Roses (Fresh Cut) – Season Extension to Alleviate Flower Shortage

Introduction of Study
Demand for fresh cut roses in the U.S. is very seasonal, with Valentine’s Day representing the largest number of sales for the year, followed by other higher demand times like Easter, Mother’s Day, and Christmas. 

To preserve the quality of delicate roses from farm to table, they are flown next day air after harvest to processing centers and quickly packed and distributed to retailers across the country. On average, it takes 10 days for a bouquet to travel from countries like Colombia to the retailer’s shelf. 

The temperate, high elevation climate of countries like Colombia, allows roses to grow year-round and supply retailers with inventory for each holiday.  Though growers optimize flower production for the holidays, they still are not able to meet the higher demand for roses during those times due to the lack of fresh-cut blooms available for immediate distribution.

These growers face oversupply and negligible demand during months before and after the holidays.  Rose stems are cut (“pinched”) and usually discarded during these times to allow for new growth to supply the following higher demand periods.  Even if there are buyers for the pinched flowers, the price per stem is not high enough to cover shipping and handling costs during those lower demand times.

By using RipeLocker, rose growers can store fresh cut roses for up to 6 weeks longer without loss of quality. This allows for growers to store surplus (pinched) inventory during low demand periods and increase available inventory for higher demand holidays to receive desired greater price margins. 

Objectives of the Study
To maximize potential harvest by storing roses for up to 6 weeks without loss of quality or decay. Utilizing RipeLocker, the client will be able to even out their supply curve and significantly increase their ROI annually.

Research Methods & Instruments
Roses were stored in RipeLockers for 3-6 weeks in both Bogota, Colombia, and Miami. At the opening, there was no visible difference between RipeLocker and freshly harvested roses (Pic1 – red dotted vase is 6-week old roses stored in RipeLocker).

Economic Assessment
Rose prices in the US market are highly volatile, with Valentine’s Day having the highest prices. By utilizing RipeLockers, rose growers can level out supply instability to take advantage of high price opportunities throughout the year, especially during Valentine’s Day. USDA data reveals that retailers’ average price per dozen roses fluctuates during the year in 7 different market opportunities.  These averages synchronize supply with high price demand cycles throughout the year. (Pic2)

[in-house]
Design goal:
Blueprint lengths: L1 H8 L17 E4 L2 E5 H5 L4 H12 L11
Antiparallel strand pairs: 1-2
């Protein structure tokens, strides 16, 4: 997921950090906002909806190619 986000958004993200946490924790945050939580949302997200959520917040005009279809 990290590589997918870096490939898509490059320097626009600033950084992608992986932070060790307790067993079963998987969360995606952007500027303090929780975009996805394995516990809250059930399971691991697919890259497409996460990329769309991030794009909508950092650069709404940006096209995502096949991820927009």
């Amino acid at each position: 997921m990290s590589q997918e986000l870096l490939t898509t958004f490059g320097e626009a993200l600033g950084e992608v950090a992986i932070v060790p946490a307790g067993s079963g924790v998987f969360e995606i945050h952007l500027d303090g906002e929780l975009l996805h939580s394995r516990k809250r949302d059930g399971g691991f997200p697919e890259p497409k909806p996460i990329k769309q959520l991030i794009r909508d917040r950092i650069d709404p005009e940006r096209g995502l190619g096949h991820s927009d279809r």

Assuming one RipeLocker can store approximately 2,400 rose stems, there is an added value per container based on the price difference between roses going in and coming out of the RipeLocker at any given market opportunity.  Based on the USDA retail price information, rose price differences for these market opportunities vary from $0.16/stem on Mother’s Day to $0.72/stem leading up to Valentine’s Day. (Pic3) These prices are retail averages with higher quality blooms (i.e., longer stem roses) that can get higher market prices.

Conclusions and Implications

  • RipeLocker has proven to be an effective technology to save fresh cut roses usually discarded during low demand, high supply periods for up to 6 weeks.
  • Growers can solve flower shortage problems and receive added value pricing during peak market opportunities with the roses preserved in the RipeLockers during the slow demand periods.
  • A single RipeLocker can yield $4,608/year in added value.  Deploying a minimum order of 40 RipeLockers can increase the grower’s annual return by $184,320.
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Roses (Fresh Cut) – Season Extension to Alleviate Flower Shortage

Roses Stored in RipeLockers vs Control at 6 Weeks

Pic1 - Red dotted vase (L) filled with 6 week old roses stored in RipeLocker compared to freshly harvested Control (R)

2017-2021 Average Price per Dozen Roses by Opportunity


Pricing Opportunities by Season